Winter is coming! Despite the sunny weather in November, temperatures have been dropping slowly but steadily. The seaside resorts have long turned into ghost towns until next summer and the less than predictable conditions have rendered the high mountains increasingly inaccessible for inexperienced hikers.
Is winter really the right time to visit Bulgaria, then, you might wonder? Absolutely, Bulgaria’s snowy winters actually offer more holiday opportunities than you might realize! From world-class winter sports facilities to the homely comfort of a traditional restaurant, kashkaval tourist presents 8 fun things to do in Bulgaria in winter!
1. Hit the slopes for top-notch skiing and snowboarding
Boasting Europe’s highest mountains between the Alps and the Caucasus, Bulgaria offers some remarkable winter sports opportunities. Be it the top-quality facilities in Bansko and Borovets or the budget resorts of Dobrinishte and Vitosha just above Sofia, anyone who’s into skiing and snowboarding has their winter fun guaranteed in Bulgaria.
The ski season typically begins somewhere in December and lasts all the way till the end of March. So if you’re considering a visit to Bulgaria in the winter months, by all means consider a ski vacation!
2. Enjoy a lavish traditional meal by the fireplace
Of course, not everyone likes skiing or snowboarding. And even those who do tend to enjoy a delicious après-ski meal after an exhausting day on the slopes. Luckily, traditional Bulgarian restaurants are absolutely perfect for a long lunch or a cozy dinner in winter!
The all-wood interiors and the slow-burning fireplace are possibly the most inviting sight for a winter tourist. And while you’re unlikely to enjoy Bulgaria’s famous fresh vegetables in winter, culinary specialties like turshia (туршия; a selection of veggies pickled in vinegar and brine), oshav (ошав; dried fruit) or mulled rakia (греяна ракия, greyana rakia) with honey are sure to leave you satisfied!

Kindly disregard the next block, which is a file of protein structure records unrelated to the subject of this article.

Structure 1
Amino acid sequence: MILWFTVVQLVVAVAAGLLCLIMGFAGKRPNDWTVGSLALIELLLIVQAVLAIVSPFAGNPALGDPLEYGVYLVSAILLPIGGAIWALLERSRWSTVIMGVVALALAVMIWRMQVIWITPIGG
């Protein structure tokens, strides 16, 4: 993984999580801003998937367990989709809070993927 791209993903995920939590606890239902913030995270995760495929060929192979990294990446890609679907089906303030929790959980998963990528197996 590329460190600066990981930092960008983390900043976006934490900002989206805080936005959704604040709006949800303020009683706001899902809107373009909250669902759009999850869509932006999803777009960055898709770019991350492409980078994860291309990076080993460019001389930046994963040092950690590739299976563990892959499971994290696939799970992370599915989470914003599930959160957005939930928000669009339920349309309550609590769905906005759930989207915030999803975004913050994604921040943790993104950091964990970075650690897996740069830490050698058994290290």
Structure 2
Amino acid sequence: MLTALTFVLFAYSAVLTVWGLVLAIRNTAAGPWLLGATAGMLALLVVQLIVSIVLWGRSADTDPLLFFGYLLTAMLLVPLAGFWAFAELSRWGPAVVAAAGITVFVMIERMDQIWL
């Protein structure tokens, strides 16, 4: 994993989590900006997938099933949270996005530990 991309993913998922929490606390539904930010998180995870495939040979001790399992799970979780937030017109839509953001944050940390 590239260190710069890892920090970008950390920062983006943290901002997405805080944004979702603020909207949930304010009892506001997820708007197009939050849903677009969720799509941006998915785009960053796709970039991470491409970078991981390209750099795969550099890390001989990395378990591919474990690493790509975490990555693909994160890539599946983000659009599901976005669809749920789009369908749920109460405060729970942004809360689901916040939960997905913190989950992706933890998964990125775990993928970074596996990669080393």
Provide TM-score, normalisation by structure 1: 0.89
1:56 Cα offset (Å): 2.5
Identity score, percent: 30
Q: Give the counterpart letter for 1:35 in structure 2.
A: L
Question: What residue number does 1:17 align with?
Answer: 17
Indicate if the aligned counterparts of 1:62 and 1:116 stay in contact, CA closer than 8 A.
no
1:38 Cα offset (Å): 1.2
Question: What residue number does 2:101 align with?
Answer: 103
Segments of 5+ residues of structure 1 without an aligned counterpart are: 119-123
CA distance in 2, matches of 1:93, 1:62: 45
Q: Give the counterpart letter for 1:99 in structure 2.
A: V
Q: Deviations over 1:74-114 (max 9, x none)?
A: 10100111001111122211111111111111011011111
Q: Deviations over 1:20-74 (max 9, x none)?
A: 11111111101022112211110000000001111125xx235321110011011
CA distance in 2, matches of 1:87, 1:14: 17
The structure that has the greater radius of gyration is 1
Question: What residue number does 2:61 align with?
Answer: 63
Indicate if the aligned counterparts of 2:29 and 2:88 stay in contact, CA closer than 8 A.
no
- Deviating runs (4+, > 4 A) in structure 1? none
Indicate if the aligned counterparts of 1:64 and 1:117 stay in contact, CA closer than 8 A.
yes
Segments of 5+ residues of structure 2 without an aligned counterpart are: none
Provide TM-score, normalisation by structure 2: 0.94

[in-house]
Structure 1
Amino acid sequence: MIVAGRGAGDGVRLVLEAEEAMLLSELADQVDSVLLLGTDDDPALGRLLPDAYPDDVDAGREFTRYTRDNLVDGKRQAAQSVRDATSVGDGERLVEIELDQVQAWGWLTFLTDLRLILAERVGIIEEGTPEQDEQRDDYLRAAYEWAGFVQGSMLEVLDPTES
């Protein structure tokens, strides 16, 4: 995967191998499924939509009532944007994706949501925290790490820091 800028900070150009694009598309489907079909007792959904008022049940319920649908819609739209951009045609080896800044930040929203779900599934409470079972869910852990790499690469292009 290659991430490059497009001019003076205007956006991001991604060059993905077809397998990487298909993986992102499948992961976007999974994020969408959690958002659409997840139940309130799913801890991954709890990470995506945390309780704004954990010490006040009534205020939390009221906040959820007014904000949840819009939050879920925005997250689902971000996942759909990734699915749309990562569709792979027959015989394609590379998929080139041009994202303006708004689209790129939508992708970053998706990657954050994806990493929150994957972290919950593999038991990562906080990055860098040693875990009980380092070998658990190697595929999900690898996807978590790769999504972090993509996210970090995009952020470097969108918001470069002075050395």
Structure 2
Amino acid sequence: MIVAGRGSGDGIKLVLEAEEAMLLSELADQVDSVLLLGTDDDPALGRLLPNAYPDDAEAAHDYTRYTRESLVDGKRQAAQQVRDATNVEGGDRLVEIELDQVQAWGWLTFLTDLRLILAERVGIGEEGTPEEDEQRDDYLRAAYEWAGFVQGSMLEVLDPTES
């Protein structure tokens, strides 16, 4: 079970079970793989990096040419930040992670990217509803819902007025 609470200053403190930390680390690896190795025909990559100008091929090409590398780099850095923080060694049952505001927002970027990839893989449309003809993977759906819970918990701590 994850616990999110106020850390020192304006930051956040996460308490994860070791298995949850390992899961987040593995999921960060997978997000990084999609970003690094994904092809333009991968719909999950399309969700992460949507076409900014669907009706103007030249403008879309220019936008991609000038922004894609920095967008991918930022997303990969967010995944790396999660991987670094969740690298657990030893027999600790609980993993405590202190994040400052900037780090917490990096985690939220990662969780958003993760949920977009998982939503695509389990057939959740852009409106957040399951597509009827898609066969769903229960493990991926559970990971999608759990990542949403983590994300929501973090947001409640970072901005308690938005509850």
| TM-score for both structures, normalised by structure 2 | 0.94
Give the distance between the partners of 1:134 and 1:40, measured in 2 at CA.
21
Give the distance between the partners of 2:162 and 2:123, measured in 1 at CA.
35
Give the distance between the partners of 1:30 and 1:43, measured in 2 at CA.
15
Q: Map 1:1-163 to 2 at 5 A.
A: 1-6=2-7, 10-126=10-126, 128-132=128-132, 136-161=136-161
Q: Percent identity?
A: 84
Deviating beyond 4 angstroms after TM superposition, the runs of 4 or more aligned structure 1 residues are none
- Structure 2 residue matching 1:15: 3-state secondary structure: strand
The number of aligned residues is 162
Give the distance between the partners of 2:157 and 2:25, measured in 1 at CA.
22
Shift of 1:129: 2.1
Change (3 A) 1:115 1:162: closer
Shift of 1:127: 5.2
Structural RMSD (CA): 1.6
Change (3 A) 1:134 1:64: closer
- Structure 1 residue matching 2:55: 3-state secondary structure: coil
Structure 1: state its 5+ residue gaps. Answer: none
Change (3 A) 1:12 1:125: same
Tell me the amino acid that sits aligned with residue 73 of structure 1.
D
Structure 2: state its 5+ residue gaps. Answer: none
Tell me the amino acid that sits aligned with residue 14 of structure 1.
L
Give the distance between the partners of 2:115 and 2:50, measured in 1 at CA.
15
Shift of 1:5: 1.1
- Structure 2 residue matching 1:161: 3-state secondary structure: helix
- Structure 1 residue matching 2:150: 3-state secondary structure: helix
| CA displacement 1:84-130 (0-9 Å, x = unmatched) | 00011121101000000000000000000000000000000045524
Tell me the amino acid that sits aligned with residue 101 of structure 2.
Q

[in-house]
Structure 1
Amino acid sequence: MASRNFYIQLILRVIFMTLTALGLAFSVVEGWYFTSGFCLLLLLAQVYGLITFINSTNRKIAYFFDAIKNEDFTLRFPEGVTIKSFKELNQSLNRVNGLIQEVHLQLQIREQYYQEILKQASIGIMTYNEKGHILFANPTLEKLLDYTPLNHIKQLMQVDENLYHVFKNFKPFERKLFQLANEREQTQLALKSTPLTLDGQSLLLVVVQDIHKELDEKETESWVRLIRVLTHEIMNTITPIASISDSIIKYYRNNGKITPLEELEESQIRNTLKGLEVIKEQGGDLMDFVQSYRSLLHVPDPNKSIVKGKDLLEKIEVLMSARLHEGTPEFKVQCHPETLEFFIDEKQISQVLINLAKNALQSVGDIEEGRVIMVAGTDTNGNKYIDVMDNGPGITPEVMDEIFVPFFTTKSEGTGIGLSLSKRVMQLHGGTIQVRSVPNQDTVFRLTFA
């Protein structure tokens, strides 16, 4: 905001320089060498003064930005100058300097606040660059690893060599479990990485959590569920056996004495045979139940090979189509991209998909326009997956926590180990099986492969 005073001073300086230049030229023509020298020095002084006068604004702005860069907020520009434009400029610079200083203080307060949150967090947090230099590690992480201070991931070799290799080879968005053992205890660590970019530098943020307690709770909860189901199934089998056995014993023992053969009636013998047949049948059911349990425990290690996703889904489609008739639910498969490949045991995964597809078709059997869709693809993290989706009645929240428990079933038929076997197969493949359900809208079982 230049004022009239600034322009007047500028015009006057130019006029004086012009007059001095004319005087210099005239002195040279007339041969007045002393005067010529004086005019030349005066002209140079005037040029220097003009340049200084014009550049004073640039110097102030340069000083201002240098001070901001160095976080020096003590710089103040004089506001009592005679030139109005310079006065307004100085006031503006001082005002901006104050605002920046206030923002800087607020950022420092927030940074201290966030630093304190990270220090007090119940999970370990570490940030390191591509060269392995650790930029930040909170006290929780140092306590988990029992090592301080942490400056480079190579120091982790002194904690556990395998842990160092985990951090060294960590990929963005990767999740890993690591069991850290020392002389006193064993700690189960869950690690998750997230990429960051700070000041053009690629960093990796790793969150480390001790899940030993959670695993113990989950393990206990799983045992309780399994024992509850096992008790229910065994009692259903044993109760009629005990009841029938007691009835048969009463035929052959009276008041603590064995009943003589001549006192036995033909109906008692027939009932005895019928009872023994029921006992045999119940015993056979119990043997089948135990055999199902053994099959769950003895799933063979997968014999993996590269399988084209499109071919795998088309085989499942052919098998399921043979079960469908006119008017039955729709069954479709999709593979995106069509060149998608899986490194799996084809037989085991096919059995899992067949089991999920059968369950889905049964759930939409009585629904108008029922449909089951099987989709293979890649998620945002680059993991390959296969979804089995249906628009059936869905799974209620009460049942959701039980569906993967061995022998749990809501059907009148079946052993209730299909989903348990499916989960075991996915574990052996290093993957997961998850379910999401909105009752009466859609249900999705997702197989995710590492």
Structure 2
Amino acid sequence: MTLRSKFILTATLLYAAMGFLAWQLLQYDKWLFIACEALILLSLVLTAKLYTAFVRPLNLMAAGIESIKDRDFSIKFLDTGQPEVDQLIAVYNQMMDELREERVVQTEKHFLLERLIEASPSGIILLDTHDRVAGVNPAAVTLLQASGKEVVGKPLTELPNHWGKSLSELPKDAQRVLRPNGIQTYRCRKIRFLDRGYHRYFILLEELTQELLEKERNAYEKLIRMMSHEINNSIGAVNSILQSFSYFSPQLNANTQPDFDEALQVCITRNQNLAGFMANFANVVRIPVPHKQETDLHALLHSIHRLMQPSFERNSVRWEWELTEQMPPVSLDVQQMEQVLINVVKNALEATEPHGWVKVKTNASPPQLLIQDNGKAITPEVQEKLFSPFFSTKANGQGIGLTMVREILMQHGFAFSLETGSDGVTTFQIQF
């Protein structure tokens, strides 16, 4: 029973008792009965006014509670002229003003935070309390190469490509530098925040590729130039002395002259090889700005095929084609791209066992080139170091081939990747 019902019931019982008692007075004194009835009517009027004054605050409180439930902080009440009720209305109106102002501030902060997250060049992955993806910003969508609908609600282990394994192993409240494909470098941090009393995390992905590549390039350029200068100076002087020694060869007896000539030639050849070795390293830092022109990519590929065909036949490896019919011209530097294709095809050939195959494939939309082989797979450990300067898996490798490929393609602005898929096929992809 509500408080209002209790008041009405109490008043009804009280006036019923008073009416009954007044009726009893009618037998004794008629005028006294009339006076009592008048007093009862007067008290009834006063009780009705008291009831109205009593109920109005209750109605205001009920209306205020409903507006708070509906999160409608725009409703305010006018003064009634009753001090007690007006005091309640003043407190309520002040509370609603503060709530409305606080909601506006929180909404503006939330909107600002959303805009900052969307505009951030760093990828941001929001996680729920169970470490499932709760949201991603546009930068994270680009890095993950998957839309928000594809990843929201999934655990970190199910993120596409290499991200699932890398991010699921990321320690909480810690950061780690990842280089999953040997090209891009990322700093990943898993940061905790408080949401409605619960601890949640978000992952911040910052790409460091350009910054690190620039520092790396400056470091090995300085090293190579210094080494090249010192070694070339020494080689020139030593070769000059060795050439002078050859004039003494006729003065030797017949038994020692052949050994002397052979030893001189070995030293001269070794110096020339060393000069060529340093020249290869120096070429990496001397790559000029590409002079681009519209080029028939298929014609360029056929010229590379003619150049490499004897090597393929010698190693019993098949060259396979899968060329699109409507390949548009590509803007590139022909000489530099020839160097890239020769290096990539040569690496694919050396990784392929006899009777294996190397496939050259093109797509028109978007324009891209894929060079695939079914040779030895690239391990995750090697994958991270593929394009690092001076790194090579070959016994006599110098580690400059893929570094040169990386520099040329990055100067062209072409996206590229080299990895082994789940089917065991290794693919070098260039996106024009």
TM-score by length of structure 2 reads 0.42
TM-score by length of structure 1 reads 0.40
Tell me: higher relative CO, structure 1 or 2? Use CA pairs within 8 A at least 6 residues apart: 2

3. Have a cup of mulled wine at a Christmas market
Although Bulgaria’s Christmas market history may not be as impressive as Germany or even nearby Romania’s, in recent years these events have definitely picked up in popularity. What was until a few years ago just a collection of local shops exhibiting their products is turning into a proper pre-Christmas celebration.
In particular, Sofia’s Weihnachtsmarkt, or German-themed Christmas market, has stood out among the rest. With elaborately-designed stalls offering German sweets and sausages, steaming mulled wine and a variety of presents and Christmas decorations, the Weihnachtsmarkt brings a touch of Vienna or Nuremberg to the snowy December streets of Sofia.
4. Spend the evening skating on the ice rink
Ice skating has become a favourite pastime of Bulgarians during the winter months, and temporary ice rinks are typically opened in December in most major cities around the country. Ice skating is not only popular among children, but it’s also enjoyed by many couples who have adopted it as their go-to romantic winter activity.
In Sofia, the artificial Lake Ariana at the entrance to Boris’ Garden is emptied for the winter to host what is perhaps the biggest ice skating rink in the Balkans. Because of its central location and its huge area, the Ariana ice rink is immensely popular and in some winters, it’s been open around the clock and skating at night has been free of charge!